Image datasets collected in the real world are often unbalanced. This can happen due to the rarity of real-world events—for example, an autonomous car that learns from road events may not have enough images of car crashes, because crashes occur rarely and are difficult to capture in real time.
Another reason is due to unconscious bias of the researchers – for example, multiple studies have shown that major image datasets contain an disproportionately small number of images of underrepresented populations.
Synthetic data provides an innovative solution to these problems. Algorithms based on GAN or other technologies can be used to synthesize images of rare events across all relevant edge cases. To take the example above, it is possible to synthesize an image of a car crash across multiple car makes and models, lighting conditions, road configurations, etc.
Synthetic data can also prevent unconscious bias. For example, it is possible to explicitly generate enough images of underrepresented groups to ensure the computer vision model can recognize them correctly.
What Are the Risks of Synthetic Data?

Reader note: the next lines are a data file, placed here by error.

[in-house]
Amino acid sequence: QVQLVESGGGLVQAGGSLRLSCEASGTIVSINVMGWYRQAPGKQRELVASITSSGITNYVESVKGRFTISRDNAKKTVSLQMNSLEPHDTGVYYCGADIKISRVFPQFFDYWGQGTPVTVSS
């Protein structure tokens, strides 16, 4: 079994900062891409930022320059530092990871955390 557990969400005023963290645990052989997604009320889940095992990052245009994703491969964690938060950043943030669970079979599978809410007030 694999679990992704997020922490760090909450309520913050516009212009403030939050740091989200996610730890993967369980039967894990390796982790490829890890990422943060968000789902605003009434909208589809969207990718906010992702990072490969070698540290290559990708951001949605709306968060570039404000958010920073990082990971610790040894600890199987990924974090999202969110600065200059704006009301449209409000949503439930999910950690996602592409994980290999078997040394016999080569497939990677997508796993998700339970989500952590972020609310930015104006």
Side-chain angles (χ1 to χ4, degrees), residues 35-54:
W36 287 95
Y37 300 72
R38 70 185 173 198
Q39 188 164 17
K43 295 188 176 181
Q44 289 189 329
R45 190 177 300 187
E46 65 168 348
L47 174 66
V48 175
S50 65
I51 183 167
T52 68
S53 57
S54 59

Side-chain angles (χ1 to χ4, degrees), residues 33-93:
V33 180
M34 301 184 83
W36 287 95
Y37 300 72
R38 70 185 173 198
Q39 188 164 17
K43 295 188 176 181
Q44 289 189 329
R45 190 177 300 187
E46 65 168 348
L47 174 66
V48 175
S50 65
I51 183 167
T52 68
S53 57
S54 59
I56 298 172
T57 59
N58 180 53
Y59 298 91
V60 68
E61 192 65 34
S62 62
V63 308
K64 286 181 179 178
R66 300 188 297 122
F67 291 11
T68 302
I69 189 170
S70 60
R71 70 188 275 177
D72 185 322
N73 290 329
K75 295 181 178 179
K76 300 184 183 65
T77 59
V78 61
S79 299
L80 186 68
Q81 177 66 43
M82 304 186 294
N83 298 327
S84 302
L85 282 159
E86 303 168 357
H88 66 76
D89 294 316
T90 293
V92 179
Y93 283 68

Synthetic data has many benefits in terms of cost effectiveness and privacy, but also has significant limitations. The quality of synthetic data depends on the model from which it was created and the quality of the source data set on which it was based.
Using synthetic data requires additional validation steps, such as comparing the model results to real human annotated data, to ensure the accuracy of the results. Also, synthetic data does not guarantee zero privacy issues, because in some cases, synthetic images may be too similar to images of people in the original dataset.
Another challenge is skepticism within the organization or among users. Many people might have the notion that synthetic data is “fake” data that cannot yield accurate results. Overcoming this cultural hurdle can be a difficult task.